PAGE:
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"Chicago in 1831" illustration in Wau-Bun, first edition
Object Name:
"Chicago in 1831" illustration in Wau-Bun, first edition
9.25" by 6.25"

Made by Juliette Kinzie

Historic Art; John and Juliette Kinzie; Wau-Bun
1831 (published 1856)
Credit Line:
Miss Mary Houghton
Object ID:

This year’s final Artifact Ambassador is one of the illustrations which grace the pages of Wau-Bun: The Early Day in the Northwest—Juliette Kinzie’s memoir.  Likely having learned some form of drafting or fine art during her education in the East, Juliette appears to have been naturally drawn to art as a form of personal expression.  Our Artifact Ambassador narrative began in January, and throughout its progression, there have been many stories and places about which Juliette believed “only the pen of an artist could do justice.”   

This illustration is one of the drawings which Mrs. John H. Kinzie produced for her book portraying a place which was very special to the couple.  The small house behind the row of decorative trees is the home of John Kinzie, Sr., on what is now Navy Pier in the city of Chicago.  At this point in our narrative, the Chicago settlement was—to John, Jr.—a foundation for development and personal success.  To Juliette, it represented the hope of regaining a piece of the Eastern refinement she had left behind during her brief immersion in an alternative form of culture practiced and loved by the Ho-Chunk Nation.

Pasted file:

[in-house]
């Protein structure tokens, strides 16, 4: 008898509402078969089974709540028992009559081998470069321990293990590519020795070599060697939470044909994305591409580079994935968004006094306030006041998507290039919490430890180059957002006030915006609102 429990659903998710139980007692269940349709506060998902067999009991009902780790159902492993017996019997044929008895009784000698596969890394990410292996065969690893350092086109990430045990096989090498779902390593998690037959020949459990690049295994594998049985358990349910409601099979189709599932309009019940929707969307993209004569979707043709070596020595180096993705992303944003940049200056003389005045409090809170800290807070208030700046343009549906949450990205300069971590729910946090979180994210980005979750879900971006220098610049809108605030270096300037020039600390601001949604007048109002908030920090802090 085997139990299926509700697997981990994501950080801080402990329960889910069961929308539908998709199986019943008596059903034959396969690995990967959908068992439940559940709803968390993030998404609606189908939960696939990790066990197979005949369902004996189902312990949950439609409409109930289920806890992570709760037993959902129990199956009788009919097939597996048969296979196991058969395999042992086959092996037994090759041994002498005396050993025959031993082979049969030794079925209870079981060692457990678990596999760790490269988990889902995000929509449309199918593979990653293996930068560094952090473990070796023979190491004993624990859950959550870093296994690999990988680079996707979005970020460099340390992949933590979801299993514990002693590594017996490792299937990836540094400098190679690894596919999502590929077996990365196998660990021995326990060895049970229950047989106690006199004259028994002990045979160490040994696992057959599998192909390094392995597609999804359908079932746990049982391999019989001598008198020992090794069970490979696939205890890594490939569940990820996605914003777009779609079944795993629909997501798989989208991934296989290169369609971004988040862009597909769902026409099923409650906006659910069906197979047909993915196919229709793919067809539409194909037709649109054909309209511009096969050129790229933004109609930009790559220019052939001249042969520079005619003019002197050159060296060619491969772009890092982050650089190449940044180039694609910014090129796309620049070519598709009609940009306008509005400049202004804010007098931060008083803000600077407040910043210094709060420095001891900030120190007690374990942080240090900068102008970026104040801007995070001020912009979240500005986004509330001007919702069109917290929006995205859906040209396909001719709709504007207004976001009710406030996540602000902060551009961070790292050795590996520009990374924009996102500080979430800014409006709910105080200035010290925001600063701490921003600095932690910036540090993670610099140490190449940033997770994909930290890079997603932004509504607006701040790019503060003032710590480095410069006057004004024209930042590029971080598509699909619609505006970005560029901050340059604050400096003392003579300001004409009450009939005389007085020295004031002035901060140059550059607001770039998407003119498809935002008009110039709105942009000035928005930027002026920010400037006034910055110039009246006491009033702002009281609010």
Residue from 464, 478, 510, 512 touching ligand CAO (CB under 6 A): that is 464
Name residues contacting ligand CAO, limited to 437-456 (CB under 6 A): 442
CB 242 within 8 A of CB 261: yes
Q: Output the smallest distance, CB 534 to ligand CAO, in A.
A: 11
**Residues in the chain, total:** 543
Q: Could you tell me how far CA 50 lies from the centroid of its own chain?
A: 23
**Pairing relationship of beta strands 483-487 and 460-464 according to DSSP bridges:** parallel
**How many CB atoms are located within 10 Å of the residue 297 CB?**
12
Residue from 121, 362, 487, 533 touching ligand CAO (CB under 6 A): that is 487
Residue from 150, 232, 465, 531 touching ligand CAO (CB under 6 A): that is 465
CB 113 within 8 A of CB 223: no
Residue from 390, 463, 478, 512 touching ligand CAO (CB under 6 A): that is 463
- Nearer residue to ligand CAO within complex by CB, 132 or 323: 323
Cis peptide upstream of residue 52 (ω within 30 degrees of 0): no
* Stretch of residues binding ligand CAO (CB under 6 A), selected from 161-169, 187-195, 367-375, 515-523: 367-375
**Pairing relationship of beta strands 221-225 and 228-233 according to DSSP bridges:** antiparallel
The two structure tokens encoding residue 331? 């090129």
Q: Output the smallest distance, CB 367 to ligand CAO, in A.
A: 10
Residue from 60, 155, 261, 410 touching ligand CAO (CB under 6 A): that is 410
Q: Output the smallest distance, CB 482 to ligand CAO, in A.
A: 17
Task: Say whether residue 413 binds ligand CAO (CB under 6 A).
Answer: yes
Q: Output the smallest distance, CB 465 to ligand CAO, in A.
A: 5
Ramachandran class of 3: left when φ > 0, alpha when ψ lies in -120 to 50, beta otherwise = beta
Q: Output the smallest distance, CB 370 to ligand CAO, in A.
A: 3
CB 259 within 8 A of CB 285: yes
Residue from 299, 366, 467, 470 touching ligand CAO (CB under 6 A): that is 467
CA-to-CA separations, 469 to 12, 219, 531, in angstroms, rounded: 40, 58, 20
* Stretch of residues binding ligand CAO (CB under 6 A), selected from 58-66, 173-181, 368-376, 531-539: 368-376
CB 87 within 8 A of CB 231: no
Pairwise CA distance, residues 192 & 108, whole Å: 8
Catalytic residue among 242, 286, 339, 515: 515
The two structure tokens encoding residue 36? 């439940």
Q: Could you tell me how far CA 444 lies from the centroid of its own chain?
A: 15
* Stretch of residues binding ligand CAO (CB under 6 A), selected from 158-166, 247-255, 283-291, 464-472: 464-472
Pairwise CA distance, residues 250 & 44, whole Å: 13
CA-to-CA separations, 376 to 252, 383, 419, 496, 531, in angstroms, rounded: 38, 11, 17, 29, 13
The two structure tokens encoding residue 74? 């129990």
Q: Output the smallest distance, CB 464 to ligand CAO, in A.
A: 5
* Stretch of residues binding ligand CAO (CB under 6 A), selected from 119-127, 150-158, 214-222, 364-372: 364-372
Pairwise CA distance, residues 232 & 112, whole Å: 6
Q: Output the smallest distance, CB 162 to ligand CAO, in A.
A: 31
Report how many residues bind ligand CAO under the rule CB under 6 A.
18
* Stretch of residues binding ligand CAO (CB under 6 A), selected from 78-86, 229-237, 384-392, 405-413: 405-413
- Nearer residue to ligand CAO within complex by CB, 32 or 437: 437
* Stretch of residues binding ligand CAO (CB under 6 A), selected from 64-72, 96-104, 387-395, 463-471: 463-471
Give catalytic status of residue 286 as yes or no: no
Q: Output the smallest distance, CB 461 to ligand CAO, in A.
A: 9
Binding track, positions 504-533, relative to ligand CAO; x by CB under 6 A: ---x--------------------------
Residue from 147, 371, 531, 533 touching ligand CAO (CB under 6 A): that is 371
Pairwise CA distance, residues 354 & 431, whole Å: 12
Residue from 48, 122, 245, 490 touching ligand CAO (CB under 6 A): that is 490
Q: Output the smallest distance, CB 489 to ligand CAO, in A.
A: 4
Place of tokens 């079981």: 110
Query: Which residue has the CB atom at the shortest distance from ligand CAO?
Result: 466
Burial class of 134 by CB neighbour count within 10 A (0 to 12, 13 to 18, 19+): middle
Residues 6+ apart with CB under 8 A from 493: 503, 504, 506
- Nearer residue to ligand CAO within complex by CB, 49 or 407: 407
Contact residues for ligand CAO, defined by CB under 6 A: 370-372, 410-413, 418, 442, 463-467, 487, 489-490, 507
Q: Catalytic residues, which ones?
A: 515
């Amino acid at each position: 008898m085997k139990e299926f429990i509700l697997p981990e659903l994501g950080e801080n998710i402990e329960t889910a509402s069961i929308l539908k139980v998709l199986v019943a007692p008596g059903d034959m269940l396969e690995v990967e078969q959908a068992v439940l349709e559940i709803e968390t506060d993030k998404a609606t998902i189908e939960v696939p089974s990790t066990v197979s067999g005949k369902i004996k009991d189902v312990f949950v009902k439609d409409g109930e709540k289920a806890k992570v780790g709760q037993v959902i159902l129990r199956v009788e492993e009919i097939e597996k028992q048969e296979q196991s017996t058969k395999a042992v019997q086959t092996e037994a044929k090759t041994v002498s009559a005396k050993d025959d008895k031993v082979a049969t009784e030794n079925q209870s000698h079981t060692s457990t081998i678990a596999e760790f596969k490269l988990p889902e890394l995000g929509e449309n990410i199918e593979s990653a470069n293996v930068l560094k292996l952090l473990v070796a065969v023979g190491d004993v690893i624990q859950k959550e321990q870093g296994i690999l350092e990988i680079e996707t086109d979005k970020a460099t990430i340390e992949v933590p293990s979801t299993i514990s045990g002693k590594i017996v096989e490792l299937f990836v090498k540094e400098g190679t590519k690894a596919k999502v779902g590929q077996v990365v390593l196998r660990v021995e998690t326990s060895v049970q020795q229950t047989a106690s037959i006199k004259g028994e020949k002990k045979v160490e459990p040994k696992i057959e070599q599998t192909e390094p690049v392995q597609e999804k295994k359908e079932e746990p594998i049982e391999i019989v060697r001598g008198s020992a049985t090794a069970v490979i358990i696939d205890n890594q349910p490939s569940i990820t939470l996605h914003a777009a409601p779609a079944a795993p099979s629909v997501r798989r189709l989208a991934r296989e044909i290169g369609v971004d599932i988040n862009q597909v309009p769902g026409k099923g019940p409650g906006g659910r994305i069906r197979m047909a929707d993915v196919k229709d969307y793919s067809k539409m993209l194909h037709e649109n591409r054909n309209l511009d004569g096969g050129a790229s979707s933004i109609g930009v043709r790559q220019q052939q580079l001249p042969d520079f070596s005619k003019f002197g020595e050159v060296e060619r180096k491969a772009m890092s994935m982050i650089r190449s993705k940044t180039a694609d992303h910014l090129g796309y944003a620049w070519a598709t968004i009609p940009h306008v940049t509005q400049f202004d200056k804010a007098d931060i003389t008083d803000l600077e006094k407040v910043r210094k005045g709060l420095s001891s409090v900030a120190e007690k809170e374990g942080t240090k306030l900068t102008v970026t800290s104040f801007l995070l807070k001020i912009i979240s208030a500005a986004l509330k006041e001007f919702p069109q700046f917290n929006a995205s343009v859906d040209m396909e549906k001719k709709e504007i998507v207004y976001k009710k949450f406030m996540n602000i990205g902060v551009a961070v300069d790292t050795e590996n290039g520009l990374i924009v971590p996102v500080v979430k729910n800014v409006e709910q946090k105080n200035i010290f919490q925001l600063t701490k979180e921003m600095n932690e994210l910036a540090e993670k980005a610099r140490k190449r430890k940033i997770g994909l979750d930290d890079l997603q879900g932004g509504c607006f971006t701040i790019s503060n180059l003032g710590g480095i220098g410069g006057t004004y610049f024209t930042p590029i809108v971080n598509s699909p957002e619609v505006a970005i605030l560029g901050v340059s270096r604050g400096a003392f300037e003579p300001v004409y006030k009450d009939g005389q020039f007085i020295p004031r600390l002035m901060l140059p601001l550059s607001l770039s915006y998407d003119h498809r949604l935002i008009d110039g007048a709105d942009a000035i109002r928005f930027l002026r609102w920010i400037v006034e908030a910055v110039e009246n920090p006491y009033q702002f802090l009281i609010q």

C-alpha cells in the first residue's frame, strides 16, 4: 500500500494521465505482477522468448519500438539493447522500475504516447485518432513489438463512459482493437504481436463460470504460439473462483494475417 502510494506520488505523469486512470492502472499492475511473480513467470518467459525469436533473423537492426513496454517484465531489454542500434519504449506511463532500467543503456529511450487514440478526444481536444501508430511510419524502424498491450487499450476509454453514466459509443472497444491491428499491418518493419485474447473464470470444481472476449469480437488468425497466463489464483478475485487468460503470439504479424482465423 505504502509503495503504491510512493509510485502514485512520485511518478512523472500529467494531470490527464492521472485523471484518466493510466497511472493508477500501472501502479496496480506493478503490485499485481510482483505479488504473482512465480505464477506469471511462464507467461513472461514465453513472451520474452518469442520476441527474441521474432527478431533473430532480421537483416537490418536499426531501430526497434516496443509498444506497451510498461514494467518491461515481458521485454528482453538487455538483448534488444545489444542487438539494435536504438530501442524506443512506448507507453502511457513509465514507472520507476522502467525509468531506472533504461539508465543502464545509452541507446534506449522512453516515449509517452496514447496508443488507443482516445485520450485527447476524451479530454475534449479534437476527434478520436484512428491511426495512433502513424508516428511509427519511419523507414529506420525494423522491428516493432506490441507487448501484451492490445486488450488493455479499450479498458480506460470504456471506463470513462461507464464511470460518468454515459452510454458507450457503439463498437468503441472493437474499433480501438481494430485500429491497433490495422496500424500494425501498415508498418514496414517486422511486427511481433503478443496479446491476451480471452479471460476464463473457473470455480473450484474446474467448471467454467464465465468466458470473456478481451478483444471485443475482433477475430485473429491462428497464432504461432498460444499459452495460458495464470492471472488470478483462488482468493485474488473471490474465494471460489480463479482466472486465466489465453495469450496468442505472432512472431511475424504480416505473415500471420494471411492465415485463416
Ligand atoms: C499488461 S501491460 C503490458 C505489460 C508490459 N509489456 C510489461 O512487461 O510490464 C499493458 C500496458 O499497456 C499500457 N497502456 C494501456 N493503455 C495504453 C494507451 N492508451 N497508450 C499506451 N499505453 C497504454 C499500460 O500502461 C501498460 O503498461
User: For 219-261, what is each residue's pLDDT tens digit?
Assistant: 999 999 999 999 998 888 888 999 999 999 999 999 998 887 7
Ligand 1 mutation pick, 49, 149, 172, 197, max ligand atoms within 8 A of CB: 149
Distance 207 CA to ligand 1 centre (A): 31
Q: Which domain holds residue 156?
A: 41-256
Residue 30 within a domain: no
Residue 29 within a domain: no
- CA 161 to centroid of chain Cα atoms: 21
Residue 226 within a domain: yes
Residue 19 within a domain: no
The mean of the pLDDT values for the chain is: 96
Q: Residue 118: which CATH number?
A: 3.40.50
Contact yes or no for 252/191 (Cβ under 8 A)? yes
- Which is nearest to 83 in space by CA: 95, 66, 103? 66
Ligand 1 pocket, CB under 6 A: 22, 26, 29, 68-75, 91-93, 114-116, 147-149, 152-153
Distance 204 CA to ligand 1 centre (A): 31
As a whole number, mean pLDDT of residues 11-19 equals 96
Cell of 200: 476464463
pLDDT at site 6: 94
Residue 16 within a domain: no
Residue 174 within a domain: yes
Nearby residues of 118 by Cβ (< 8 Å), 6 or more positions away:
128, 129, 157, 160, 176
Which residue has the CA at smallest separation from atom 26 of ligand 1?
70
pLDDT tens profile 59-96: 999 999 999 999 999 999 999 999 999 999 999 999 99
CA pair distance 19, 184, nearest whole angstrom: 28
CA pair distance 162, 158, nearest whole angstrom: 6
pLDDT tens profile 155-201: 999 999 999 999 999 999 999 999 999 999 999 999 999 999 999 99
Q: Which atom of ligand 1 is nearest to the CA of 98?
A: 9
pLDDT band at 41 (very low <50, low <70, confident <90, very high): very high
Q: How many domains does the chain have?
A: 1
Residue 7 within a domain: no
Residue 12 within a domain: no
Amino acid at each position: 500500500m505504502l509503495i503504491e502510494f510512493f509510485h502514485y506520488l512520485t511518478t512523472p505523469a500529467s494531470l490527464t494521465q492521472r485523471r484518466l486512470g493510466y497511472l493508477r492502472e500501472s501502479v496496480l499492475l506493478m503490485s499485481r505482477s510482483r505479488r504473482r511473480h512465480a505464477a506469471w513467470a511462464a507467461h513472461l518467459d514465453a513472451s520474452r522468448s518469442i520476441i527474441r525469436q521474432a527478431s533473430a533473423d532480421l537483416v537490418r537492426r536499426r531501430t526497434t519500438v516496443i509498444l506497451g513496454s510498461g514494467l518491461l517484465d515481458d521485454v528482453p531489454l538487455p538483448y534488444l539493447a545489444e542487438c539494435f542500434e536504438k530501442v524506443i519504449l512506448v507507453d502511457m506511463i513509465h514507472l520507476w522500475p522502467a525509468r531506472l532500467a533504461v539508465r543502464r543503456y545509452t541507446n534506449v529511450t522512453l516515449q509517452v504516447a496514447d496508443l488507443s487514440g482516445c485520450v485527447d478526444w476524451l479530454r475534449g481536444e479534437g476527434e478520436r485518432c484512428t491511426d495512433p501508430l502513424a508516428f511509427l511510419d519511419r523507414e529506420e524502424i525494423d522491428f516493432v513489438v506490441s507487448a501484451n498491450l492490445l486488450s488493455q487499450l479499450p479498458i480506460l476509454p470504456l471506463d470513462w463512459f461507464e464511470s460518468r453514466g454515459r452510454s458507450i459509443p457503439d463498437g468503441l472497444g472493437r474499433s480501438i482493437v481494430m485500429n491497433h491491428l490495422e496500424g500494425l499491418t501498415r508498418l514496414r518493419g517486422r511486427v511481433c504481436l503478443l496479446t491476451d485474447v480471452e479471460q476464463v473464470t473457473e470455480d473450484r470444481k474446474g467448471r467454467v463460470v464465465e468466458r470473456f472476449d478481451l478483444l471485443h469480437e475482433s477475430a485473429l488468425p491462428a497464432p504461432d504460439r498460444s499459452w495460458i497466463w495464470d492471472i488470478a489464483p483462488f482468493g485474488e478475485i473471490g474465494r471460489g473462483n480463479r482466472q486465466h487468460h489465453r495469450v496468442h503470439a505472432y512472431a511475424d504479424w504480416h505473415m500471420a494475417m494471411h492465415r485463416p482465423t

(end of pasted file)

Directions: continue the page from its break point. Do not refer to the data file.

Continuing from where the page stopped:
It may be assumed that the Kinzies had intended to move back to this settlement for some time, likely since even before their first trip to Chicago when John worked to secure and survey the family’s land in the settlement.  The news of this decision did not spread, however, until just prior to their leaving Fort Winnebago’s Indian Agency in 1833.  The Kinzies may have felt some reluctance in the bittersweet days preceding their departure as Ho-Chunk leaders and families flocked to the sub-agency to “inquire into the truth of the tidings they had heard.”  Familiar faces such as the “Cut-Nose”—more respectfully called Elizabeth by the Kinzies—and Wild-Cat, the leader at Garlic Island, came to bid farewell.  Juliette vividly recalled in her memoirs how the latter “gave way to the most audible lamentations. ‘Oh, my little brother,’ he said to the [Kinzies’] baby, on the morning of our departure, when he had insisted on taking him and seating him on his fat, dirty knee, ‘you will never come back to see your poor brother again!’”


Thus, this Ambassador represents the start of a new chapter for the Kinzies.  Chicago was to be their primary residence until their passings in 1865 and 1870.  Their time at Fort Winnebago’s Indian Agency House was brief, yet eventful.  Fortunately for all who appreciate the stories of Wau-Bun, Juliette resolved to “make a hasty sketch before the daylight quite faded away,” both in the form of the literal art to which the quote originally refers, as well as sketching her story in writing before the memory of Wisconsin’s early 1830s clash of cultures faded into history.


A year’s worth of artifact stories has come to a conclusion.  However, there’s more to come!  In 2020, we plan to do more storytelling through monthly video posts which explore the places, the people, and the events of the 1830s frontier.  Watch for our first installment in mid-January!

New Beginnings

December 15, 2019

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